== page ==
Can Latin Rite Catholics marry in the Byzantine Rite? CORRECTED

My girlfriend & I are both Latin Rite Catholics - I have grown up attending the Novus Ordo, and she has grown up in a schismatic community (SSPV) that does not recognize the authority of the current pope, or any since Pius XII (at the very least, they are quite vague on the topic). We’re currently considering marriage, but are are delaying engagement until we can see eye to eye with regard to the authority of the Pope.

It was suggested to us that we investigate switching rites to the Maronite or Byzantine Rite - My question regards the implications of both of us joining an Eastern Rite Church (in communion with the Holy See, not an Eastern Orthodox Church). Would she first have to regularize with the diocese in order to switch rites, even if she does not accept the authority of the pope or of our local ordinary as legitimate? Would we have to officially switch rites in order to marry in an Eastern Rite Church?



One doesn’t have to change rites to become a member of a parish of a rite to which one does not belong. But, thanks to a reader who belongs to an Easter rite, in some Eastern Catholic Churches, one must belong to the rite in order to be married in that rite.

"1) Marriage according to the Byzantine sacrament of Crowning is only offered to members of one of the Byzantine churches (UKrainian, Ruthenian, Melkite, ect). The Sacraments of Holy Eucharist, Confession can be received by any member of the Catholic church in any other Catholic church, but Baptism, Ordination, Marriage, must be received in the church you are a member of. There may be extraordinary circumstances where they may be given permission from the respective priests but that is the ordinary way of things…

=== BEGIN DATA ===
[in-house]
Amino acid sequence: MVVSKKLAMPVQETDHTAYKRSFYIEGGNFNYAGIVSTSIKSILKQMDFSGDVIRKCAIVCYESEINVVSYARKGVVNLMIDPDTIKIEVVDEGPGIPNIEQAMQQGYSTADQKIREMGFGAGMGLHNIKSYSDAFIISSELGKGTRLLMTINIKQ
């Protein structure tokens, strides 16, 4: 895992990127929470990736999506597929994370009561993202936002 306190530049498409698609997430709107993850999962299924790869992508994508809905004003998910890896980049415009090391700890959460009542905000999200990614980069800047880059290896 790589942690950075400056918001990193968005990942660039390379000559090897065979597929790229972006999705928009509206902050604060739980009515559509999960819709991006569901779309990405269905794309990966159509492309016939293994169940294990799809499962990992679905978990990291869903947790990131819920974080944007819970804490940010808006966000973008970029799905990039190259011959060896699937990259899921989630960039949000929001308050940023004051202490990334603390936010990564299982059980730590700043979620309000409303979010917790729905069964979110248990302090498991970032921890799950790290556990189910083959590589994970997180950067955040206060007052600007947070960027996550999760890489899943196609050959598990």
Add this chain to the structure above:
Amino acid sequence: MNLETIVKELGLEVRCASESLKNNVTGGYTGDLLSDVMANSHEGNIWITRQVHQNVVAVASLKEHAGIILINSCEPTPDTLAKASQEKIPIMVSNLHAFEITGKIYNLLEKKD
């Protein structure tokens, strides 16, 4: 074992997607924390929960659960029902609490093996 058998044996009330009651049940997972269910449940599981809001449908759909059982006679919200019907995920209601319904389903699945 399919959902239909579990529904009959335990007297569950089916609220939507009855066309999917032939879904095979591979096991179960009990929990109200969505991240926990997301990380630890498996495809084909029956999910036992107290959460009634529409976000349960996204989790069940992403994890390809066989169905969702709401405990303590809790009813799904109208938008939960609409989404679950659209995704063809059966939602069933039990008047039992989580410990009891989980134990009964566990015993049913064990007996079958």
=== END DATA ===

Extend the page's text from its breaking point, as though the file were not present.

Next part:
1. The Byzantine Marriage of Crowning has a unique theology different from the Latin understanding. For example, in traditional churches (unlatinized) there will be no vows. The priest marries the couple, the couple does not marry each other." J

So you will have to get married in a Roman rite Church, unless you really want to embrace an Easter rite Church.

However, in your girlfriend’s case, she will have to disengage herself from the society of St. Pius V if she wants to marry in any Catholic church regardless of which rite. She will also have to recognize and submit to the authority of the Vicar of Christ on earth.

I will keep you both in my prayers.

Fr. Vincent Serpa, O.P.

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